In the midst of its restructuring, CIT (CIT) has sensibly decided to delay its quarterly earning. There’s no point in going through all that nonsense (it says it’s going to lose $1.5 billion; everyone knows it’s in rough shape) when it’s got other, more pressing matters to take care of.
The fact of the matter is that a bankruptcy still looks like the most likely option for the company, as Forbes lays out.
… A successful tender offer for the notes maturing Aug. 17 may keep CIT (CIT) from defaulting on the $1 billion in bonds, but credit analysts say the lender still looks like a strong candidate for bankruptcy. It has another $10 billion in debt it must pay off through next year, $872 million of which is due in November, according to estimates from debt researchers at CreditSights. Without the ability to borrow in credit markets and lend the proceeds to small businesses, CIT’s funding model is effectively broken.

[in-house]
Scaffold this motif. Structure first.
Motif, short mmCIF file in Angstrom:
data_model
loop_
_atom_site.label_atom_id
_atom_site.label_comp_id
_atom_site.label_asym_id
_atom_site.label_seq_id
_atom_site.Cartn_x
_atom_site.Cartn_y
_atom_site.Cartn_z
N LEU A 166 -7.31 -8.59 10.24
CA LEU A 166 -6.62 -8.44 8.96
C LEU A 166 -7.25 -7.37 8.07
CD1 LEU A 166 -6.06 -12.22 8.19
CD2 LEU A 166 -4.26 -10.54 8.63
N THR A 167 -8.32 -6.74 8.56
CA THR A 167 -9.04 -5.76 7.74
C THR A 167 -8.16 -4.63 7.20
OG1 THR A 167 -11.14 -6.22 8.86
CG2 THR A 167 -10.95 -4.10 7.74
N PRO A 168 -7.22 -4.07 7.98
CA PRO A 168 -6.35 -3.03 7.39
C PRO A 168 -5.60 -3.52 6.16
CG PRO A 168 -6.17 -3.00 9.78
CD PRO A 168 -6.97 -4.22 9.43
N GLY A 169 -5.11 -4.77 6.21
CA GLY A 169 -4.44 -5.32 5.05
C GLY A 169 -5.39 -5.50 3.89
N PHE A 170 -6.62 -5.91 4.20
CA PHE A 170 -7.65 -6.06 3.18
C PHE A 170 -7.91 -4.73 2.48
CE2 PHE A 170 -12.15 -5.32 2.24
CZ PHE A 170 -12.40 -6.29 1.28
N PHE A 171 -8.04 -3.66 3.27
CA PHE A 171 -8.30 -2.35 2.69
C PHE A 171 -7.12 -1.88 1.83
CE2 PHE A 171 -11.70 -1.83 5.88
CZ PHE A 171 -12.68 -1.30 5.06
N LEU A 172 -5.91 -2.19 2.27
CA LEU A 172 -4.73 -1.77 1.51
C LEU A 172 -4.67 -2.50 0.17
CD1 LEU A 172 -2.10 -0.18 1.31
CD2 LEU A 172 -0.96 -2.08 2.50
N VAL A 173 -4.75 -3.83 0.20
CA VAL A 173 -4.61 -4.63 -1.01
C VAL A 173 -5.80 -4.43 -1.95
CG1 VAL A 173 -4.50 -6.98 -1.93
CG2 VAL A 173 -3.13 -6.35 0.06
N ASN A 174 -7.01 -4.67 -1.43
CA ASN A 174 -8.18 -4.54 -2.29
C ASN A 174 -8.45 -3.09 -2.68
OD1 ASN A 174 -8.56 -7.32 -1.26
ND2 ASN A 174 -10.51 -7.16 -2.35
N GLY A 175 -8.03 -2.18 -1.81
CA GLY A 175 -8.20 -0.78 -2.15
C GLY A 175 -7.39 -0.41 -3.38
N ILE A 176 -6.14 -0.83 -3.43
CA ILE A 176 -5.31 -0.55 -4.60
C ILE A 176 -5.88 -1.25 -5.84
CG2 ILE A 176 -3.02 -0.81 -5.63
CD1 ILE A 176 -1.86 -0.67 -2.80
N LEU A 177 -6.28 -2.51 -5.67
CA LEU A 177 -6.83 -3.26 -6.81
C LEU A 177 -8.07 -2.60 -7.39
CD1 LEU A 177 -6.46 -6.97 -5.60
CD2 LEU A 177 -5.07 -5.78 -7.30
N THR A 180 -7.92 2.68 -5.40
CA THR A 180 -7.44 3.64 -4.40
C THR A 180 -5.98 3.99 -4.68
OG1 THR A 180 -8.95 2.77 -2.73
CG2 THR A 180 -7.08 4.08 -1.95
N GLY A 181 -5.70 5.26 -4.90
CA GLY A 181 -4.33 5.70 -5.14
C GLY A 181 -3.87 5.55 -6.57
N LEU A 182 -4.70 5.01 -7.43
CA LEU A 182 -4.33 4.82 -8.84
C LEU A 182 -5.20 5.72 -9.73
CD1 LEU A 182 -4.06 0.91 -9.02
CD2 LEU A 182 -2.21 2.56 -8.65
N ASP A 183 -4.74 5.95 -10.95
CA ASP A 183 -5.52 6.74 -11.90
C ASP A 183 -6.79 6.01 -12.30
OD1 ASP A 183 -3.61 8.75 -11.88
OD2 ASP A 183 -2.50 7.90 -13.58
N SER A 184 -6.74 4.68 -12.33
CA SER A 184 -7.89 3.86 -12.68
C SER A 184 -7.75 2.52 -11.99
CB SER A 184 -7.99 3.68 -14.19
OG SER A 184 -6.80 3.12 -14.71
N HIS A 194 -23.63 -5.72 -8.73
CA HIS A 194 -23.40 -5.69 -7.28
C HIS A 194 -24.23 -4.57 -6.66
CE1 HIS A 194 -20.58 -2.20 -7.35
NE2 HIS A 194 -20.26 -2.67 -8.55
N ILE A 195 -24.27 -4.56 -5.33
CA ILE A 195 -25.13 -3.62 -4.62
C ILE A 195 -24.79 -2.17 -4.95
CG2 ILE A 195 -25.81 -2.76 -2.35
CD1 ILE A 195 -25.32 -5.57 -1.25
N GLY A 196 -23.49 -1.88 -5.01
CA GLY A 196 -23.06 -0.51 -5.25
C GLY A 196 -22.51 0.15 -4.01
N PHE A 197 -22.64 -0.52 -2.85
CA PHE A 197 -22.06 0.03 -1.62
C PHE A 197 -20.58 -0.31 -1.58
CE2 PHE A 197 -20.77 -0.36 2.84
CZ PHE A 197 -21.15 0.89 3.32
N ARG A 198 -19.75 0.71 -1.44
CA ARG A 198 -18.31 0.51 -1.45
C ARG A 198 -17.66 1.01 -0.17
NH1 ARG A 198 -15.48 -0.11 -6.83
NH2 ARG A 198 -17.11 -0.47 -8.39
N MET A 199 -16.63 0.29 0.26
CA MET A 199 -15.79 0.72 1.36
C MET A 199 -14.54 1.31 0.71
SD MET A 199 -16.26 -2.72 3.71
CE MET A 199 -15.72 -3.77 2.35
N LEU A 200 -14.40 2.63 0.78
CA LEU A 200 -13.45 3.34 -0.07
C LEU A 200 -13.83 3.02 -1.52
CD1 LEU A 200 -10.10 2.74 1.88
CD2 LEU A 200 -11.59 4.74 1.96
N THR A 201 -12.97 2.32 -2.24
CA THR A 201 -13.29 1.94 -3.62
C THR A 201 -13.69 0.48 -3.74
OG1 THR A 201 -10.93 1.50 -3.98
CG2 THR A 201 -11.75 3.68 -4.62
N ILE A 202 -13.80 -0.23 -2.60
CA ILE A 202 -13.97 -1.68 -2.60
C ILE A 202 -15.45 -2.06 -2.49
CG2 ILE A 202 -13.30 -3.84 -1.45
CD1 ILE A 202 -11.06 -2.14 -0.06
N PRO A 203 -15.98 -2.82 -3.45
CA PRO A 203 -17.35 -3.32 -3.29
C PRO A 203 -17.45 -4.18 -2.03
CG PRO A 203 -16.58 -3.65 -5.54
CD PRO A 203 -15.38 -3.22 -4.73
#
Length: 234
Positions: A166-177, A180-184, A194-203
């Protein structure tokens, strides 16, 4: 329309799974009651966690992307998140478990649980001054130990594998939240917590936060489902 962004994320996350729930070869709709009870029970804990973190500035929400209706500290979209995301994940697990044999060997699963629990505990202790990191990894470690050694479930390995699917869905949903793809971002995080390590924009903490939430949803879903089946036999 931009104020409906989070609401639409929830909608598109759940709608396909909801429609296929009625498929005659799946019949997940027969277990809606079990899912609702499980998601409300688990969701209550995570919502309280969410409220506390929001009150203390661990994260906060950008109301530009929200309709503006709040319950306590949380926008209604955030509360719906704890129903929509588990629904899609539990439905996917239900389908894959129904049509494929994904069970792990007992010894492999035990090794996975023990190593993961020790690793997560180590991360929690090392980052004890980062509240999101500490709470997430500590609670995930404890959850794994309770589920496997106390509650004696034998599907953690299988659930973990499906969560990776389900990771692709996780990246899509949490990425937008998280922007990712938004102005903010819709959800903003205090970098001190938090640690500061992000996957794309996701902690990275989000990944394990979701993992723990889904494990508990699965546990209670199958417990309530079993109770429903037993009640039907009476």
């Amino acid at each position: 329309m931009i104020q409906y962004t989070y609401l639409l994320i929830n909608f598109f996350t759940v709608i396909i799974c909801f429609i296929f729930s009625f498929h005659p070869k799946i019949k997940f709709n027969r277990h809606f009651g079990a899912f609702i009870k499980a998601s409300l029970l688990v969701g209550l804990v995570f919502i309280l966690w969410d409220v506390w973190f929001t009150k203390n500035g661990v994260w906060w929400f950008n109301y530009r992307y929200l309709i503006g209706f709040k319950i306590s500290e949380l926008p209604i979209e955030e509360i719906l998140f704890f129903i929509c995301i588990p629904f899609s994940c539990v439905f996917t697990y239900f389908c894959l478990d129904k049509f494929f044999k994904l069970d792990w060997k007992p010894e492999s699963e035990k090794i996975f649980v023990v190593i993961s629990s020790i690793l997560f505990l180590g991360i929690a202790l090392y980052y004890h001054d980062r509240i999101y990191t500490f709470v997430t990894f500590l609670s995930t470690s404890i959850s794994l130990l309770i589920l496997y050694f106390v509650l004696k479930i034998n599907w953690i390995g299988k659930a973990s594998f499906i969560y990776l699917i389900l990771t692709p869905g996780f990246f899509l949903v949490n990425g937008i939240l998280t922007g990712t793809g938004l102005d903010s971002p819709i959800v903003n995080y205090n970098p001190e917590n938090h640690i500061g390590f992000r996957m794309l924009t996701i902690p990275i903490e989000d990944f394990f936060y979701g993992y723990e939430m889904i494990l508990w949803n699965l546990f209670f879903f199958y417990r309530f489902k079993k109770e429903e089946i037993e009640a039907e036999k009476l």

So what’s the likely endgame
The next step, credit analysts say, is probably a prepackaged bankruptcy, a reorganization plan drawn up by a company and its creditors. One scenario would give cash to CIT senior unsecured bondholders from selling CIT’s assets, as well as equity in the new company. The secured lenders would remain in place. Current shareholders, including the Treasury Department and its $2.3 billion in preferred shares, would get wiped out.
In the meantime, those likely-to-be-wiped-out-shares are trading at $1.48, after having rallied 116% last week.
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